Anderson: Well, one of the more heartbreaking things that had to be kept out was her incredible sense of humor. Like, I wanted to just be able to put in like fifteen minutes of her just being ridiculously funny in there because she’s super funny. So yeah, I would say humor. Also, there were a lot of quieter moments where Kathleen was more contemplative and we sat with her there as she came to her answers on different topics and questions. And they included really beautiful moving topics and shots and in the end they just weren’t moving quick enough. So there’s definitely something much more beautiful and hilarious in a longer format out there, but we’re really happy with the way it turned out. I feel like we hit what we needed to hit. A lot of the stuff that got left out was about friendship and I felt like that was really inspiring. It’s really necessary for female artists to have other artists to look up to and not feel like we’re judging each other or putting each other down but supporting each other. So Kathleen’s had some really strong female friendships in her life. That felt critical as well … that kind of support… but it may have been one too many topics getting introduced you know?
HTS: At the end of the film you really got into Kathleen’s health and her struggle with Lyme disease, how is she doing now?
Anderson: You know the last I heard, I haven’t really talked to her in a little while because she’s been on the road a lot and so have I, the last I heard she was doing pretty good and I just hope that continues. She’s still doing some treatments. Lyme disease is something that goes in remission, but you can potentially have for the rest of your life, it’s kind of autoimmune right, so you really just have to take care of yourself and she’s doing pretty good. After we finished filming the documentary she got much much sicker so we’re really happy that she’s doing as well as she is now, like well enough to tour and sing.
HTS: When you started working on the documentary did you already know about her health issues and how serious it was?
Anderson: We did know that she had health issues because she’d been really sick for six years but they couldn’t figure out what was wrong. It was another part of the timing of the documentary, because we really didn’t know what was wrong with her and she was getting worse and worse so that felt time sensitive as well. It was probably six months into filming the documentary that she got properly diagnosed. So that diagnosis did impact us while we were filming.
HTS: I also saw that you were working on making a narrative film. Tell me a little bit about how that’s going to work and transitioning to that type of film.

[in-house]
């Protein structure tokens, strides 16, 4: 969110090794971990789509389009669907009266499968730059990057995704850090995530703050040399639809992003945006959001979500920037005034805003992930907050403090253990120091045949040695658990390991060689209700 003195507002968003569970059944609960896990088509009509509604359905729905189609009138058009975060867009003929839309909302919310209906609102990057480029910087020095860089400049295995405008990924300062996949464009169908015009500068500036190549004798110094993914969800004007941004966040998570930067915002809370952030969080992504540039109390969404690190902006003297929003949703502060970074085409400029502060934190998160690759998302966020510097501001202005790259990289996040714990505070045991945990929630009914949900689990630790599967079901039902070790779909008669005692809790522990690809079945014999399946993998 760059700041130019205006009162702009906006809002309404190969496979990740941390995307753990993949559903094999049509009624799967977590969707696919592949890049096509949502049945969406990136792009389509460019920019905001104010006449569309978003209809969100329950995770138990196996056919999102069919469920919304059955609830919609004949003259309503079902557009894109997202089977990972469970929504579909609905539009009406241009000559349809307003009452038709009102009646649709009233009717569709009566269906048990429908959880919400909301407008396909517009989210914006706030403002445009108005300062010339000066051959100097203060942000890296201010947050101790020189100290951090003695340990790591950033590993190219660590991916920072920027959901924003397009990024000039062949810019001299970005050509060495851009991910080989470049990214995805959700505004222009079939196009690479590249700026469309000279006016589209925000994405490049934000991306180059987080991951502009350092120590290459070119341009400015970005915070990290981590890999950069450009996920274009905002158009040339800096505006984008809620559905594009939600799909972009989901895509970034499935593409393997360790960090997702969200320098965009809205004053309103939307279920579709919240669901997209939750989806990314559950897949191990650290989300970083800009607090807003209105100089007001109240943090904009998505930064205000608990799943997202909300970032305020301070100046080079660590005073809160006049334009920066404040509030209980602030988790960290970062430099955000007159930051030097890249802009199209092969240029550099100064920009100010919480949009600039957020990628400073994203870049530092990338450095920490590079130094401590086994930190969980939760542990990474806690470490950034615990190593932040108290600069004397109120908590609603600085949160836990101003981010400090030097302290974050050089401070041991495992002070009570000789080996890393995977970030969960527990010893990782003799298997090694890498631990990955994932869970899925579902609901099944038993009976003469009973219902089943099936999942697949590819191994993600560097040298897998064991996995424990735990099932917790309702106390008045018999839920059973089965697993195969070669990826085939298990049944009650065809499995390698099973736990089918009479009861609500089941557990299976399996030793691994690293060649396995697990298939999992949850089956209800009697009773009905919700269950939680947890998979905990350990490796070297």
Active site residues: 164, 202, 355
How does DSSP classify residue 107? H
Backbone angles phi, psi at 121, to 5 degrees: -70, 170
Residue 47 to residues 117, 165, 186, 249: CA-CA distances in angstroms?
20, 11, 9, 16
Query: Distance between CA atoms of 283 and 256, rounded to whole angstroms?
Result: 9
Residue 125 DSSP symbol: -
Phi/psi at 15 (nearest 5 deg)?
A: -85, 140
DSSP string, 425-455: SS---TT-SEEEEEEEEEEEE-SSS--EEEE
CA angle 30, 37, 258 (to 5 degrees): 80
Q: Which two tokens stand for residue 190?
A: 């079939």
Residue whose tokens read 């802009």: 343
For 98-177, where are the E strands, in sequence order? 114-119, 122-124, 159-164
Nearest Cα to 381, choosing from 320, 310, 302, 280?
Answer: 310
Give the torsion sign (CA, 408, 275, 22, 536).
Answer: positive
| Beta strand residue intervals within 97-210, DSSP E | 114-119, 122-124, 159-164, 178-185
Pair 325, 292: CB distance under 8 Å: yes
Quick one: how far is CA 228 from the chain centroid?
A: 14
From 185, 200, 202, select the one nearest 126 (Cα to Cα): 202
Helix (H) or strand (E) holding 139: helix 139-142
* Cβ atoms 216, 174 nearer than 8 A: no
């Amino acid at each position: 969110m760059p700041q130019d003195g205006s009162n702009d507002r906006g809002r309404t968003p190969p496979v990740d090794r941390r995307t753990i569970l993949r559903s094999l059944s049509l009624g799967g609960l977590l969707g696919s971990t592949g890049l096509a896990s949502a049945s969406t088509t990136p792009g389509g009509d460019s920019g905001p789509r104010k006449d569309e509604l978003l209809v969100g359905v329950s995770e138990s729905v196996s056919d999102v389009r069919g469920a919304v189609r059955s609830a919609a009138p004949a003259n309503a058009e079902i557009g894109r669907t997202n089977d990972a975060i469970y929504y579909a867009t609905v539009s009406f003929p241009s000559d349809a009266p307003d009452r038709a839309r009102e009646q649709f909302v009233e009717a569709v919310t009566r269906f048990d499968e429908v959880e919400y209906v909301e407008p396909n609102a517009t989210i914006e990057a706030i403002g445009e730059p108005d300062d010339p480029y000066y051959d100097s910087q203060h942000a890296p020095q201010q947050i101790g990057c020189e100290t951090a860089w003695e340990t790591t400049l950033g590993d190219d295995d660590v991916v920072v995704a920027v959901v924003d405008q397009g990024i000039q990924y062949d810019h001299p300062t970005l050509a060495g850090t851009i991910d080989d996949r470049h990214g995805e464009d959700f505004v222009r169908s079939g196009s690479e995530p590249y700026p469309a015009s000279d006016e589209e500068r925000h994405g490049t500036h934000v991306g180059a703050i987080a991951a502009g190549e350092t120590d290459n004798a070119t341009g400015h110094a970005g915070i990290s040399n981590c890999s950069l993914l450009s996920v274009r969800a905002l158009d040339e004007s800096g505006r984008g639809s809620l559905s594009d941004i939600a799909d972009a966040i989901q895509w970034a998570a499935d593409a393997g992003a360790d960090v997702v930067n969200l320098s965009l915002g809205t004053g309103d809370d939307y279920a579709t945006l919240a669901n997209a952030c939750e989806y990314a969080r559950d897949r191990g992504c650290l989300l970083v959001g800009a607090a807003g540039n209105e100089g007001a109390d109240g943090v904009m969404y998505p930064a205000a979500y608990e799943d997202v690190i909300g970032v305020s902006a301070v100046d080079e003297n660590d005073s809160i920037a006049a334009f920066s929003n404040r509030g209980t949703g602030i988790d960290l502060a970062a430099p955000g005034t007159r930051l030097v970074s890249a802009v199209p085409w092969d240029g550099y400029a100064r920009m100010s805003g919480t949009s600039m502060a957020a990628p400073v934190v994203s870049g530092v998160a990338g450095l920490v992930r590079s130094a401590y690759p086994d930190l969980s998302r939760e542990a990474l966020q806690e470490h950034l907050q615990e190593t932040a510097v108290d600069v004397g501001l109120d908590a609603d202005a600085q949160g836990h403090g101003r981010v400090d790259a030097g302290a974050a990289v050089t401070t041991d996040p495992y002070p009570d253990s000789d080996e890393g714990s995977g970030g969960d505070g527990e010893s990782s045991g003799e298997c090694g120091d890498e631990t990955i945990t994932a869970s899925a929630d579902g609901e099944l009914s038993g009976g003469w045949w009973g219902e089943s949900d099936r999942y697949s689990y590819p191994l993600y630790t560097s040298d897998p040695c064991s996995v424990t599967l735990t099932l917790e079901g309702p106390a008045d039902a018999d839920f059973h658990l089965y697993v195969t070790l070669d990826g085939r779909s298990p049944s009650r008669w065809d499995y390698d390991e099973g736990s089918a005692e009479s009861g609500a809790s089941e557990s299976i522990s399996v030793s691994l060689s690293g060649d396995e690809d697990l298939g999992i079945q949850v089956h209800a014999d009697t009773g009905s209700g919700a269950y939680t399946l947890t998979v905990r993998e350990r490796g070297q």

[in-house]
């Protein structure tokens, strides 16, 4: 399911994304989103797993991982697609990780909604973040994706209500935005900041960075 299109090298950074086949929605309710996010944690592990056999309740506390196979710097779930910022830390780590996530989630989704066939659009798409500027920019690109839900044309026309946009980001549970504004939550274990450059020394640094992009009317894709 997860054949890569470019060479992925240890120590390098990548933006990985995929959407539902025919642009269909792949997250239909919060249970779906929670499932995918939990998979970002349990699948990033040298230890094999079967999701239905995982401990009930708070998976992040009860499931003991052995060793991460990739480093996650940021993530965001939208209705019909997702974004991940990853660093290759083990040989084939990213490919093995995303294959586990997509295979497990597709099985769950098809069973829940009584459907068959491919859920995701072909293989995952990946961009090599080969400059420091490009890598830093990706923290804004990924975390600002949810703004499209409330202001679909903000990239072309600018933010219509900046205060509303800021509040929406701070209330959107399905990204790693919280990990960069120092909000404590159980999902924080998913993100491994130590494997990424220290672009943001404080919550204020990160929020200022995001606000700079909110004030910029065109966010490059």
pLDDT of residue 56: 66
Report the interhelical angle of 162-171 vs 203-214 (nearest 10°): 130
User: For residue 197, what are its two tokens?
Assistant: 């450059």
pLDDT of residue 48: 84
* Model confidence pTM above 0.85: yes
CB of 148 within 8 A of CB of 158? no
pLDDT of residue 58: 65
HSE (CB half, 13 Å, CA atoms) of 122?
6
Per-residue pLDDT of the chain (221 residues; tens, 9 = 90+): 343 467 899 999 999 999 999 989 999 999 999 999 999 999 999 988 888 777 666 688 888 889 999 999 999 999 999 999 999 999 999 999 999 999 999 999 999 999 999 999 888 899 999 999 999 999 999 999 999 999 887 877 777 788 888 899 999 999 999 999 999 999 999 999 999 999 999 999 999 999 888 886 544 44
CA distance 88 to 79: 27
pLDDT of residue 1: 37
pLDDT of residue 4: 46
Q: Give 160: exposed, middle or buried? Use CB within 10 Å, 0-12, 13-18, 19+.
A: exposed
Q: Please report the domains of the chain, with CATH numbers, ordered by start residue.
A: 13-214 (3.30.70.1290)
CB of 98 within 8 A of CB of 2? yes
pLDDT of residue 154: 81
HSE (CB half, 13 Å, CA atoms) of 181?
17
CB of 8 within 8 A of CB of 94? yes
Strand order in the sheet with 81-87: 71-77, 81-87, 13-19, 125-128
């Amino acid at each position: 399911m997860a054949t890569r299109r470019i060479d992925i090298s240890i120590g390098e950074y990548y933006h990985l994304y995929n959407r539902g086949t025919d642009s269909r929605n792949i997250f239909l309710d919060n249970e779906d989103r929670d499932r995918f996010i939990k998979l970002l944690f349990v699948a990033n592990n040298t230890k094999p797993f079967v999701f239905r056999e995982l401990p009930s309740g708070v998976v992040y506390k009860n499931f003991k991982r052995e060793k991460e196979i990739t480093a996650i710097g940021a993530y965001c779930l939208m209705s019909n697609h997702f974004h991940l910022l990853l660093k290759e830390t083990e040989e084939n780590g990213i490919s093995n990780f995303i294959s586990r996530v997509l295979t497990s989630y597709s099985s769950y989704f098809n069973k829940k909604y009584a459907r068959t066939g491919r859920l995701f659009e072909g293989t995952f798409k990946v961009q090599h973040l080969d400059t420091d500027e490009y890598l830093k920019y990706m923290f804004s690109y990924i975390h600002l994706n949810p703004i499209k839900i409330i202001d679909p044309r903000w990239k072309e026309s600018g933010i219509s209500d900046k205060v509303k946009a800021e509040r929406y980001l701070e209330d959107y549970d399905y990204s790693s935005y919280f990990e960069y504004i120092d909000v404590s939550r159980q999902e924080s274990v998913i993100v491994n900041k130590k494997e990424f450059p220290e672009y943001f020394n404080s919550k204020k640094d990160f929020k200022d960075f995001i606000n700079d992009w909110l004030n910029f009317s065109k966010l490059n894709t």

Anderson: Yeah, I’m pretty excited about it, I can’t talk that much about it right now except that I have a couple of writing partners that I’m working with and it’ll be a narrative story that’s inspired by a documentary. It’s an important documentary to me, a very important documentary and I think it’s going to be in development for the next year. I’m also involved in production on another documentary about late stage lyme disease.
HTS: Now I know you said you couldn’t really talk too much about the narrative film, but can you tell me a little bit about that documentary and how it affected you?
Anderson: Yeah I think it would be a dead giveaway. It had some life changing stuff, but I would say queer culture and class is probably the most I can say about it. It’s such a weird thing right, I’m sorry I can’t talk about it more. We’re REALLY excited about it though.
HTS: Tell me a little bit more about you, we’ve been talking a lot about feminism, but how did you become interested in filmmaking?
Anderson: You know I’m just basically interested in people’s stories and I feel like one of the things I have in common with Kathleen is, I think my work has always been about trying to express that deeper level of feeling that maybe most people aren’t comfortable expressing, in order to A. not feel alone B. hopefully other people won’t feel alone. But stories in general, and communication, have always been at the forefront of what I wanted to do. I feel like whatever the format, whether it’s a poem, a story, working on somebody else’s film helping them finish a film, is it collaborating with studio artists, like I’ve done a lot of different type of work and I think that settling into film right now – cause that’s really all I want to do right now – makes a lot of sense because I always can kind of pull these different elements together. But yeah, and it’s a big step right, to say I’m going to quit my job and do documentary filmmaking and I’m going to keep going to try to make another film.
HTS: How did you go about getting the funding for the film and having the guts to just go with it and make it all happen?
Anderson: We had very little funding. We had an amazing Kickstarter campaign that happened after we finished the first production, but before the production itself, I knew that if I waited around to try to raise the money to make the film that the film wouldn’t get made or it wouldn’t get made for a couple of years and I wanted to make it right then. So I’m really lucky that I had directors of photography that were willing to work completely for free and an associate producer and people that were helping us make things happen. It was totally pop up style, you know, really pulling your resources together and there were just a lot of people helping us along the way. We didn’t raise capitol to make the movie. And it’s important to say that the first production was another thing. Once we finished making the film, we got to take a deep breath and say okay well now how are we going to edit it and that’s when Kicksarter came in and searching for other producers.